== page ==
Take the 2-minute tour ×
Mathematics Stack Exchange is a question and answer site for people studying math at any level and professionals in related fields. It's 100% free, no registration required.

If we make a change of variable in higher dimensional integrals how do we decide the limits of integration. In two dimensions the problem is fairly simple using a geometric interpretation but in 3 and higher dimensions is there some way of doing this?

For eg. In the integral: $$\int_{0}^{a}dx\int_{x}^{a}dy\int_{y}^{a}dzf(x)g(z-y)$$ After making the change of variable $$x=\alpha;\,y+z=\beta;\, z-y=\gamma$$ how does the integration transform for the new variables $\alpha,\beta$ and $\gamma$? I'm more interested in the transformation of the limits of integration and any help/references will be appreciated?

share|improve this question

migrated from physics.stackexchange.com Jun 4 '12 at 16:55

This question came from our site for active researchers, academics and students of physics.

    
This is a math question ideally suited for math.stackexchange. –  Ron Maimon Jun 4 '12 at 7:37
add comment

1 Answer

You draw a picture in the y-z plane, and you rotate it by 45 degrees and blow up by a factor of $\sqrt{2}$. This gives you a triangle region, where the vertices are determined to be the image of the old vertices under the rotation: (x,x),(a,x),(a,a). The images in the $\beta,\gamma$ plane are $(2x,0),(a+x,a-x),(2a,0)$.

But I understand that you want a formal algorithm, so that you can do it mechanically. First, you make a one-variable transformation, where you trade in z for $\gamma= z-y$. If you really insist on doing the rotation (it's not the right thing), you can then trade in $y$ for $\beta$, using $\beta= 2y + \gamma$.

The answer for the first shift is that the z range is from y to a, so translating z by -y goes from 0 to a-y.

$$\int_0^a dx f(x) \int_x^a dy \int_0^{a-y} d\gamma g(\gamma) $$

To complete the mechanical change of variable, introduce an indicator function of one dimension $\phi(x)$, which is 1 for $x>0$ and 0 for $x<0$. Then you write the integral as follows:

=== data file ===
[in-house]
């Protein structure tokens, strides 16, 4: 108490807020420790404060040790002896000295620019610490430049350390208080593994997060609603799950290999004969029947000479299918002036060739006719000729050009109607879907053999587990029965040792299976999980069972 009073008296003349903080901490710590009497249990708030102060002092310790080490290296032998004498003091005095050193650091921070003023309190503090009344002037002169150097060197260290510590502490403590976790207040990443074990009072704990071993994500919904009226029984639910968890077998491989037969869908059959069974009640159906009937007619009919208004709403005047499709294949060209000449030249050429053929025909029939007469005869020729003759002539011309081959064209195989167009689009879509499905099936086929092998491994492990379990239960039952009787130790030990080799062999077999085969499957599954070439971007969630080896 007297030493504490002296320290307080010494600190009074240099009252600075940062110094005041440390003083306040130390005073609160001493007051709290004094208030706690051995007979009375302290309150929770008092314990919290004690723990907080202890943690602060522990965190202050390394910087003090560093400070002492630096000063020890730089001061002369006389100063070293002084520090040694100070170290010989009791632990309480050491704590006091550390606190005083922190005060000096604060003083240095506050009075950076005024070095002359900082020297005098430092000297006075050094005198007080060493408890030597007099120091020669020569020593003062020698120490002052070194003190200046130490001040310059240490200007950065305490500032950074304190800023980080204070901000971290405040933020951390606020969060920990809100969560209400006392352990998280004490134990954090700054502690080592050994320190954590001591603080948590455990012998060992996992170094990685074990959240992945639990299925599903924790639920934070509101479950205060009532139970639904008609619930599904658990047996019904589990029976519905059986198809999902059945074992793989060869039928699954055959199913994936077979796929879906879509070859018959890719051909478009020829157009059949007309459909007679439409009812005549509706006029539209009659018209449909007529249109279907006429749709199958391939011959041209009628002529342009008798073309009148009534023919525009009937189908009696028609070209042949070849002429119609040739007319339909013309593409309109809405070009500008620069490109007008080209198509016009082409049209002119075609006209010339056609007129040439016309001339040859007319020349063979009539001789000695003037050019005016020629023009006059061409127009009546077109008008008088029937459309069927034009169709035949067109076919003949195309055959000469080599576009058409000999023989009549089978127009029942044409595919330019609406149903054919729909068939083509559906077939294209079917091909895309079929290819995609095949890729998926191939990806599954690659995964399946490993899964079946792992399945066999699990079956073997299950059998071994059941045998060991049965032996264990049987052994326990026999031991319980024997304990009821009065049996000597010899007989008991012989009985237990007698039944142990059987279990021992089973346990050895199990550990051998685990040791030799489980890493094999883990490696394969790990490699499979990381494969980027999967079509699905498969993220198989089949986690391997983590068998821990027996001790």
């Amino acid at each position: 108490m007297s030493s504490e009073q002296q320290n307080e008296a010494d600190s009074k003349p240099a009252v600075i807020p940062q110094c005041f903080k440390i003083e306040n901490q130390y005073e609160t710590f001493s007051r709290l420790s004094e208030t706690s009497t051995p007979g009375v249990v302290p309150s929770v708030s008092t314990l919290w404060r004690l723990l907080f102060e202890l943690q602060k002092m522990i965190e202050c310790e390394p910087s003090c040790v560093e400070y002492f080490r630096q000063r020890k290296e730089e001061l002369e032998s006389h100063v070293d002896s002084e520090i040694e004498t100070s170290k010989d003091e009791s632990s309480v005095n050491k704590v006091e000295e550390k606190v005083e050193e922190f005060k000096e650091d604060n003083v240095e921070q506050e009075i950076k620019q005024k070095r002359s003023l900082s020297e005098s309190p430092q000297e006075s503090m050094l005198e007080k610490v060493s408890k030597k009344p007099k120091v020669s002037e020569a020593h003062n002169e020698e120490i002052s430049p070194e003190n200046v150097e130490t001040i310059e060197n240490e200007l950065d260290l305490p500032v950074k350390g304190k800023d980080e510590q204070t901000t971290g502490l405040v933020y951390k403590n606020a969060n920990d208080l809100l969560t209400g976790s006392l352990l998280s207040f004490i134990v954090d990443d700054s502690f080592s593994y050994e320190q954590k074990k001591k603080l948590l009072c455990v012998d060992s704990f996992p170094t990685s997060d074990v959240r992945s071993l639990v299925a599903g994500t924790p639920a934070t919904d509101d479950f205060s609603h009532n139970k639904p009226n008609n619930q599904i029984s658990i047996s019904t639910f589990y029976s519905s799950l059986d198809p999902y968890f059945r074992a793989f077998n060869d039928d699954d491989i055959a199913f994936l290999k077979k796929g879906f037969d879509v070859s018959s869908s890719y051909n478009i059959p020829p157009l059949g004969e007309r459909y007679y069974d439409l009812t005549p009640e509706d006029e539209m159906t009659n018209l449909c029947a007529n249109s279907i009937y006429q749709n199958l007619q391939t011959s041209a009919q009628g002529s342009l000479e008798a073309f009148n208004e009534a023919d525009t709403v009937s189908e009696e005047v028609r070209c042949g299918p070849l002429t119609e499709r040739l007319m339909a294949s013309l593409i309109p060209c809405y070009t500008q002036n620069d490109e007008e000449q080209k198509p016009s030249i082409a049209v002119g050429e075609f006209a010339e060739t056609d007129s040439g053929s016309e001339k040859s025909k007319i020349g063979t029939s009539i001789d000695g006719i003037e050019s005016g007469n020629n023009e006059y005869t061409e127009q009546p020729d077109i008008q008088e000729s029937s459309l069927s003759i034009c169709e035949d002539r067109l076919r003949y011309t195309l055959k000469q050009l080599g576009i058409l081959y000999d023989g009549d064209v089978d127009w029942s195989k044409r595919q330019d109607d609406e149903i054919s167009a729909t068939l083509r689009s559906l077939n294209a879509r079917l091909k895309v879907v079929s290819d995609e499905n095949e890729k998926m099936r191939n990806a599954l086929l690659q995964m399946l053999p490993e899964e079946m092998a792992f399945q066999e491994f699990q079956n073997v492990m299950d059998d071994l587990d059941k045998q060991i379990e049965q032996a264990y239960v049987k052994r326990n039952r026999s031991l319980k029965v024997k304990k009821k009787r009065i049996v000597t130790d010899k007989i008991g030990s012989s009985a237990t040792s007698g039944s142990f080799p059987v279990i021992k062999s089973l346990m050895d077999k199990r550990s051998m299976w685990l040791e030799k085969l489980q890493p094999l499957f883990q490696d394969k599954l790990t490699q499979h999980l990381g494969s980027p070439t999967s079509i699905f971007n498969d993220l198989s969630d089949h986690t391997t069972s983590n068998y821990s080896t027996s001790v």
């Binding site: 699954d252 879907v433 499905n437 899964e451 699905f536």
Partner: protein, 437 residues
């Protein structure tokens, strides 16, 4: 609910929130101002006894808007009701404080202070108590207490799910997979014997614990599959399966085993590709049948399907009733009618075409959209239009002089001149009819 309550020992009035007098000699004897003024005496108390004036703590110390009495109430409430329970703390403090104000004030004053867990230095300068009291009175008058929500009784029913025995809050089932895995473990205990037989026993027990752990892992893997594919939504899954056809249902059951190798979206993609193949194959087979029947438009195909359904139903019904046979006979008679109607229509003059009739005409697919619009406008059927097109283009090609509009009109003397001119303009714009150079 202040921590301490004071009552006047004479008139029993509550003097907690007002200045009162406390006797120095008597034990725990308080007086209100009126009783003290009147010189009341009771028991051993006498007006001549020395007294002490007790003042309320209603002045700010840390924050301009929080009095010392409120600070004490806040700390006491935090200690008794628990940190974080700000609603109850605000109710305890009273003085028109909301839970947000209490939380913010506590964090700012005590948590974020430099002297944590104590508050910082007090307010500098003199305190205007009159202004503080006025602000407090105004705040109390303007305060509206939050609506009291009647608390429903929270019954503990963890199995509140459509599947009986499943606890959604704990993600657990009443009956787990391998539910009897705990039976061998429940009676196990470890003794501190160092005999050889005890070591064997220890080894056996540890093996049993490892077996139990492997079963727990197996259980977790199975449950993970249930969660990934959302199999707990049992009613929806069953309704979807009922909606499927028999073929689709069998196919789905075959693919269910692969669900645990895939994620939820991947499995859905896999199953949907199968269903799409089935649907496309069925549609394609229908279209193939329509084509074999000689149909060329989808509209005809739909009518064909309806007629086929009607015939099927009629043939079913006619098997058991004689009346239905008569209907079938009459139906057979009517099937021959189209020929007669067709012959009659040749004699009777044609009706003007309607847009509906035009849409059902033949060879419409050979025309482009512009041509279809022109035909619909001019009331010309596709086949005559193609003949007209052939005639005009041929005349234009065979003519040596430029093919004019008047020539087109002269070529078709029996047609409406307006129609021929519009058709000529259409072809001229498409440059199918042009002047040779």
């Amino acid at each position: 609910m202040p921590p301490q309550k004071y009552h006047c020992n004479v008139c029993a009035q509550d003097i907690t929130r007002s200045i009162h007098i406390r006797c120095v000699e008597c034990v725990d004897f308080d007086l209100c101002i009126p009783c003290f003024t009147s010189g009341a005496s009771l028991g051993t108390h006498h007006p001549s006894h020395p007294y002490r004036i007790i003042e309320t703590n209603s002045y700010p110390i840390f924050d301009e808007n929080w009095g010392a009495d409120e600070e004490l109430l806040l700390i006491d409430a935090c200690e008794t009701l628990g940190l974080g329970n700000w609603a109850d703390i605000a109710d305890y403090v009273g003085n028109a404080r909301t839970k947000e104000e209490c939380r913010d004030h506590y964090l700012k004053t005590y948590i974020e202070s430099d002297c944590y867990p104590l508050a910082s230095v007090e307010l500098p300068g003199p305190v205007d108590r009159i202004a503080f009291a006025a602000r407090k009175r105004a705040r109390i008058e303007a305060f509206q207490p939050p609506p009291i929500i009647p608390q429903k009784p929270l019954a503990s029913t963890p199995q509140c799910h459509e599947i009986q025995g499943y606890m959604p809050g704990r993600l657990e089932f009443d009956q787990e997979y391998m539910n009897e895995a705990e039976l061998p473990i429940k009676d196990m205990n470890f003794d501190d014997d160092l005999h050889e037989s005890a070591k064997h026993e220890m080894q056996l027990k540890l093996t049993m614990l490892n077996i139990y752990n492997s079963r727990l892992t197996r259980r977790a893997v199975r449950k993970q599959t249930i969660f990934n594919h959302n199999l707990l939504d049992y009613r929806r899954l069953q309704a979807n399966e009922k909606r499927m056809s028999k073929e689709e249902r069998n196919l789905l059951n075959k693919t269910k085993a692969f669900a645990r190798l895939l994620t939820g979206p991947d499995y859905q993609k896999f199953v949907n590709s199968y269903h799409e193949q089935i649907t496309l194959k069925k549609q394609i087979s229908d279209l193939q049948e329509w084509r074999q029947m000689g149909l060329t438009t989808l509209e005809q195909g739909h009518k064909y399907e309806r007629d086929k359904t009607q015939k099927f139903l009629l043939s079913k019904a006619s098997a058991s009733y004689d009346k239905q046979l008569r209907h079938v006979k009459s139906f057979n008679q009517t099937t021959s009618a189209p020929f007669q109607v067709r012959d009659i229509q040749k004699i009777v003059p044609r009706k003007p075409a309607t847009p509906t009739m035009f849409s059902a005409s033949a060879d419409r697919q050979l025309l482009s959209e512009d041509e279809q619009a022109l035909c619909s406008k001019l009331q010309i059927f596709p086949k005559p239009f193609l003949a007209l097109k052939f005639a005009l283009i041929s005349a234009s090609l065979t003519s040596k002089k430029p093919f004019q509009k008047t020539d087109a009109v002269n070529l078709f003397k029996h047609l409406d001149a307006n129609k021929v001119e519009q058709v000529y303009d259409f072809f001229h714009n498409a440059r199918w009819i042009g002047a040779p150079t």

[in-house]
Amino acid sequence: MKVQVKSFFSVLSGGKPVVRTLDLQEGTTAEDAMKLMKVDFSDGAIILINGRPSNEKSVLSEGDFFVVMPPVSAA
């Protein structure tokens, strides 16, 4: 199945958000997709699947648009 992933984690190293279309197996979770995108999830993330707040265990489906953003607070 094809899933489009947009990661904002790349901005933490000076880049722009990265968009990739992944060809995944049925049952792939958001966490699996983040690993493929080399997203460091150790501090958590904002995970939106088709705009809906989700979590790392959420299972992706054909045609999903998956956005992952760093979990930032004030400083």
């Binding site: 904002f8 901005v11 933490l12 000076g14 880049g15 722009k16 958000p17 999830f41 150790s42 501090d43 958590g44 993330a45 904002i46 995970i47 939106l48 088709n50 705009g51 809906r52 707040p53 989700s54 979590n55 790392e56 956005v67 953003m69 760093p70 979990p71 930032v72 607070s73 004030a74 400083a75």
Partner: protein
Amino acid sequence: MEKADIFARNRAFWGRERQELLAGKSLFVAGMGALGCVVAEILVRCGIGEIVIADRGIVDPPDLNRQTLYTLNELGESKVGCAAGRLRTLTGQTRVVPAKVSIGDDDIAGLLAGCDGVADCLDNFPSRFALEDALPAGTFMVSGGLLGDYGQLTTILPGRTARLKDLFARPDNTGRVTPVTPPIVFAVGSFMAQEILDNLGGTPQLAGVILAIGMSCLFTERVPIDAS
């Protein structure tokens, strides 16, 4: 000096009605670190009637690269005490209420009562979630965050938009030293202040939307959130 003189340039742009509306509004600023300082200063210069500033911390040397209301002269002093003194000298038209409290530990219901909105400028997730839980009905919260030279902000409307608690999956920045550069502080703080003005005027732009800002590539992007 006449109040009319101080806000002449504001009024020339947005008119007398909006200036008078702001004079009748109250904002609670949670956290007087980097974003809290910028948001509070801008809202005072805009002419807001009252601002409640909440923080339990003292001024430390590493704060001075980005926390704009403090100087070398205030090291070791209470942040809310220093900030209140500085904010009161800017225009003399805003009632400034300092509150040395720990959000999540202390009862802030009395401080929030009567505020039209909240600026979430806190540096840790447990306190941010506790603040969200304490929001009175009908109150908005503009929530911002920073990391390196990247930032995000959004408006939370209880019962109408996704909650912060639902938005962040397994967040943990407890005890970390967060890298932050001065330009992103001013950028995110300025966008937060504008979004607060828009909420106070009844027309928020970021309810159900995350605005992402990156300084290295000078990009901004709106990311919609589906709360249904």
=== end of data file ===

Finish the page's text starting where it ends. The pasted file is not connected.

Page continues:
$$ \int_0^a dx f(x) \int_x^a dy \int_0^\infty \phi(a-y-\gamma) g(\gamma) d\gamma$$

Rearrange the order of the y and $\gamma$ integrals and perform the y integral explicitly (using the fact that the indefinite integral of $\phi(x)$ is $x\phi(x)$) to get

$$\int_0^a dx f(x) \int_0^\infty (a-x-\gamma)\phi(a-x-\gamma)) g(\gamma) d\gamma $$

The $\phi$ function now gives you the new domain for $\gamma$

$$ \int_0^a dx f(x) \int_0^{a-x} (a-x-\gamma)g(\gamma)$$

and this is the best form. Using explicit indicator functions ($\phi$) this way is useful in many cases for getting explicit answers in closed form. If you really want to do the transformation of variables the way you said it, you introduce the indicator functions for the region, and then transform the region and find the new domain. This is just the same as drawing the triangle and rotating it.

share|improve this answer
    
Thanks for migrating my question to the math section and for the quick reply. Just another quick question since you are the expert. Is the derivative of the indicator function defined as the delta function? The reason I ask this is because in general I could have another function of $y$ accompanying the $\phi(a-y-\gamma)$ in the y-integral and in this case if the derivative can be defined then the y-integral could be performed by integration by parts. Am I right or am I missing something here? –  Juzar Jun 5 '12 at 6:36
    
@Juzar: Sorry for the late response, but yes, the derivative of the indicator function is a delta function at the ends, and you can use this for integration by parts. –  Ron Maimon Aug 2 '12 at 8:10
add comment

Your Answer

 
discard

By posting your answer, you agree to the privacy policy and terms of service.

Not the answer you're looking for? Browse other questions tagged or ask your own question.